In business terms, being agile is being able to adapt efficiently and effectively to changes. Each time IMEC visits a manufacturer or provides a solution, the experience is different. We all adapt. We need to exercise business agility.
Recently, I began working with a manufacturer that was experiencing some significant quality problems. Their processes were individual and discrete. From what we observed, there were no characteristics that could be measured from which to adjust the process, no dwell time to adjust to bring their process into control. Statistical Process Control (SPC) seemed to be a viable option, but we wondered how we would adapt traditional SPC methods to a discrete process. Even if variable data was collected, no adjustments made would affect the next piece produced. How could we decide if the process was truly stable and in control?
Last month, my colleague Karen Vecchio and I joined 45 other business women for a tour of the Eli’s Cheesecake Factory in Chicago. The event was a part of TMA’s Women in Manufacturing series.
Eli’s Cheesecake has been a Chicago institution since 1940. It’s the only operational facility for the company, with over 200 skus covering a vast selection of cheesecakes, pies, and other desserts. It became clear to me that the cheesecake business is more complex than one might imagine, and the company’s dedication to training and continuous improvement is a big reason why Eli’s is the internationally recognized brand that it is.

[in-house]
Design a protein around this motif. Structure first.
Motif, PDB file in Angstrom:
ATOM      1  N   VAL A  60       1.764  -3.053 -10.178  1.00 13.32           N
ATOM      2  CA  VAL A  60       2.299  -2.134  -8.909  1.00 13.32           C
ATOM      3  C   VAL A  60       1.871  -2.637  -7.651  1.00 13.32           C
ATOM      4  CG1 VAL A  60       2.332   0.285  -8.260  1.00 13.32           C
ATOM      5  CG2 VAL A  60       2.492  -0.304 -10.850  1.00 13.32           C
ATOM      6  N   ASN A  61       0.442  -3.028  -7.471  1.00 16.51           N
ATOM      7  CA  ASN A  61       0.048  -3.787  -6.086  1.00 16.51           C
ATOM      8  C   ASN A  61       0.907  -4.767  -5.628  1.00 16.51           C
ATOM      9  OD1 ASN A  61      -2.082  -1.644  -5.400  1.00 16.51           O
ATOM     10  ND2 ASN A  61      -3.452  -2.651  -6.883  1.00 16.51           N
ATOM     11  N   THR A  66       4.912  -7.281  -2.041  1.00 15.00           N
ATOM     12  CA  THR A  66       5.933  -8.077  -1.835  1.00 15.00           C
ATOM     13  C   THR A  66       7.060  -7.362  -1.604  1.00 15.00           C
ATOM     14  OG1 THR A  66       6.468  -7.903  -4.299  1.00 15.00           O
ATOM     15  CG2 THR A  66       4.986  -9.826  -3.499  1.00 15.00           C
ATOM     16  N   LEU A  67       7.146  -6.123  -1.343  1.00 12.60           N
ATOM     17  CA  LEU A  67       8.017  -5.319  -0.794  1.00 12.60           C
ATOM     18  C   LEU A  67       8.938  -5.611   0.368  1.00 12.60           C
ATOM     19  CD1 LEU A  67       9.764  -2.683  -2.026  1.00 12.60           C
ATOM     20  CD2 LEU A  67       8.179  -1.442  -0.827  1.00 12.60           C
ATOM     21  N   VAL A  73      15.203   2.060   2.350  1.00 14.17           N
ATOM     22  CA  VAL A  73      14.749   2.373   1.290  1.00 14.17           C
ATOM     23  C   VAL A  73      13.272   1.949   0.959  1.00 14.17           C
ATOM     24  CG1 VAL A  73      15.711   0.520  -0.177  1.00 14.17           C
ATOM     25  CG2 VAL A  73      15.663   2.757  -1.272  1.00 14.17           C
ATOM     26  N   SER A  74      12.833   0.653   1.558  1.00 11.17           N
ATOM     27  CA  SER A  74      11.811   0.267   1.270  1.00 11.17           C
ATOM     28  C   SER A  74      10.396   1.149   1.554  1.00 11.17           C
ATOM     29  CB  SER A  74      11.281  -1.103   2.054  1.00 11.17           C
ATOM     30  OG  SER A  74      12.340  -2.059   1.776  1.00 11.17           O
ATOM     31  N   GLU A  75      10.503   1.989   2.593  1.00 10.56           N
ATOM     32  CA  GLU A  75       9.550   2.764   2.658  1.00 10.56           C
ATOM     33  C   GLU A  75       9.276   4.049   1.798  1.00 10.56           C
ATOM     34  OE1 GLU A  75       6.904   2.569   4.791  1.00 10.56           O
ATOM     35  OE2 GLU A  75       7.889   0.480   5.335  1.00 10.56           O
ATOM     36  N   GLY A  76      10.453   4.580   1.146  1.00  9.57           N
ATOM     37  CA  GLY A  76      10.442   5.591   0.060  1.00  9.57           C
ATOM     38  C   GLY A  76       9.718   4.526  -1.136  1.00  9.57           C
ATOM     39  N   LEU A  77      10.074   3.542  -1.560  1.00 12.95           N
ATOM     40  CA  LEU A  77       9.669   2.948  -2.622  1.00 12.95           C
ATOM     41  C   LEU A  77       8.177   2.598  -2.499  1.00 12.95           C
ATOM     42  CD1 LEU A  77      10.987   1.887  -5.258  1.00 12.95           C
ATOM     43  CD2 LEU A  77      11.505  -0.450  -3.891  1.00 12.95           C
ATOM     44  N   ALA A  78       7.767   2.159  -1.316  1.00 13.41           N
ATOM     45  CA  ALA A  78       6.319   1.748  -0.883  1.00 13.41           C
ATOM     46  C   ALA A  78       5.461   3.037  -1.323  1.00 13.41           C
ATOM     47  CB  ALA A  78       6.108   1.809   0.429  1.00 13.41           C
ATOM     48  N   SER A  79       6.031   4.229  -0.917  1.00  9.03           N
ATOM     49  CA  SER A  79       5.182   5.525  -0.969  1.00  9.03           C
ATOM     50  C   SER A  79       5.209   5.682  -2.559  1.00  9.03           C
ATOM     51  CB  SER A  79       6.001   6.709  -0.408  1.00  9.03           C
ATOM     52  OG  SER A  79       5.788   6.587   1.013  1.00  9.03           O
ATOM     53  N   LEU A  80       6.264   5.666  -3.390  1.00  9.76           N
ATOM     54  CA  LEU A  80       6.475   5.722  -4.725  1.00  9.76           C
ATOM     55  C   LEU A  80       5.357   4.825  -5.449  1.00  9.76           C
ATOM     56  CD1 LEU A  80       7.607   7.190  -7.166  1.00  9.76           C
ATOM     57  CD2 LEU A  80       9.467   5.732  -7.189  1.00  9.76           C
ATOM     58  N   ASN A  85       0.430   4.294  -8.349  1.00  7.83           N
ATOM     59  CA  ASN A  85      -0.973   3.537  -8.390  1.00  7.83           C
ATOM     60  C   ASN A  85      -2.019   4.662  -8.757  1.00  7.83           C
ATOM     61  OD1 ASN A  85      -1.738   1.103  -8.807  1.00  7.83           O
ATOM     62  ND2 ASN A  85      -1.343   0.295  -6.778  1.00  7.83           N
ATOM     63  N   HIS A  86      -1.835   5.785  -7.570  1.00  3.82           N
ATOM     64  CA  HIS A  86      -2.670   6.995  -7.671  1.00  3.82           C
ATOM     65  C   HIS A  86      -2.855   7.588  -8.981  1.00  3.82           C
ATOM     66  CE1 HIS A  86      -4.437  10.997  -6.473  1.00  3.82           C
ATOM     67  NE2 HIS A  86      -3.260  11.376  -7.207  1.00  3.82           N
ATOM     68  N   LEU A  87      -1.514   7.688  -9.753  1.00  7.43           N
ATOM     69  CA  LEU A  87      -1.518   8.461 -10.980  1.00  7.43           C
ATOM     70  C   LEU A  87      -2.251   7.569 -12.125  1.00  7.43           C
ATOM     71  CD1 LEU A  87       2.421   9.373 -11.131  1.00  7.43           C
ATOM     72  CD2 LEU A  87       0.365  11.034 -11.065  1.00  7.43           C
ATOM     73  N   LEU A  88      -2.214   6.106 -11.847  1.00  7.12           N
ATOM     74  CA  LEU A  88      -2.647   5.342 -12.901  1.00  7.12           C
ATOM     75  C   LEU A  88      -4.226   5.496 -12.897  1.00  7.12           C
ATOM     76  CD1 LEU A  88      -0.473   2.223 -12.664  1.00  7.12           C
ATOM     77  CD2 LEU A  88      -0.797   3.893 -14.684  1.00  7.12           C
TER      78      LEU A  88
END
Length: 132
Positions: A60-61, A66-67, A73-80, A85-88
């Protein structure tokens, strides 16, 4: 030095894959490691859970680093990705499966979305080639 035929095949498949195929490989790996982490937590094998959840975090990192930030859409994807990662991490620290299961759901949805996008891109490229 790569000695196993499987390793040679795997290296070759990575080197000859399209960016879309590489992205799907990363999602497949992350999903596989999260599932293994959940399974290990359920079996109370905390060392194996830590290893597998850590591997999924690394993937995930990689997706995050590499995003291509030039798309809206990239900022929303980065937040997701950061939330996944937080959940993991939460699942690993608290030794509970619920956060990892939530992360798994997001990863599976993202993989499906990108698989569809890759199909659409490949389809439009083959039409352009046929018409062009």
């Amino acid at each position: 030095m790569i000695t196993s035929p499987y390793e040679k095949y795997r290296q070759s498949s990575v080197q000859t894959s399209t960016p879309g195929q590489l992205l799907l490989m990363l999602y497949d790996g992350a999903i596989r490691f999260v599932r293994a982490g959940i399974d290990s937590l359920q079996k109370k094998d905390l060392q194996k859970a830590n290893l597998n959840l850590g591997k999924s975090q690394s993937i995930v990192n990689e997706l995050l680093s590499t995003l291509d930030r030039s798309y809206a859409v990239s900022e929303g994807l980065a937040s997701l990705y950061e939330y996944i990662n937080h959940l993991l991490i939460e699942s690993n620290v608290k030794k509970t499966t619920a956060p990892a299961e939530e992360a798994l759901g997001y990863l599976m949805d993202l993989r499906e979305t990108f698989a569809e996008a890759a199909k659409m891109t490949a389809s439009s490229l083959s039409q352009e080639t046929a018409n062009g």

In a record five months, a family-owned Crystal Lake tool and mold maker obtained ISO 9001:2008 registration which will allow it to diversify its customer base and do business with major corporations.
Alpha Star Tool and Mold, Inc. is a manufacturer of high-end precision tooling and molds. According to Vice President Matt Thurow, the business started by his parents in 1988 is a “well-oiled machine, highly respected in its industry.” Like other small manufacturers fighting to adapt to the economic downturn, Alpha Star knew that building a diversified customer base, from consumer goods to laboratory equipment to aerospace and energy products, was essential. To do this they needed the credibility only an ISO registration can bring.
After losing two of its largest customers to off-shoring in 2004, times only got tougher for Roesch, Inc., a leading manufacturer of component parts for OEMs in the HVAC, white goods, fireplace and barbeque industries. Continued downward pressure on sales, increased material costs and reduced shop-floor productivity had the 95-year-old company struggling to define its identity and its future. Enter IMEC.
Roesch’s relationship with IMEC began in the late 1990s with a successful ISO registration and continued over the years with a variety of quality, information technology and workforce training initiatives. So when IMEC approached Executive Vice President Debbie Voges-Schneider with a proposal to help the company create a prioritized strategy for growth, she was receptive.
New standard will put Illinois manufacturers on the path to Energy Efficiency
Utilizing the Plan-Do-Check-Act process for continual improvement, the International Standards Organization (ISO) has officially introduced the ISO 50001 standard for enabling organizations to reduce energy consumption. As part of a pilot demonstration project at a large Illinois manufacturing company, IMEC specialists have been directly involved in developing and testing the new standard.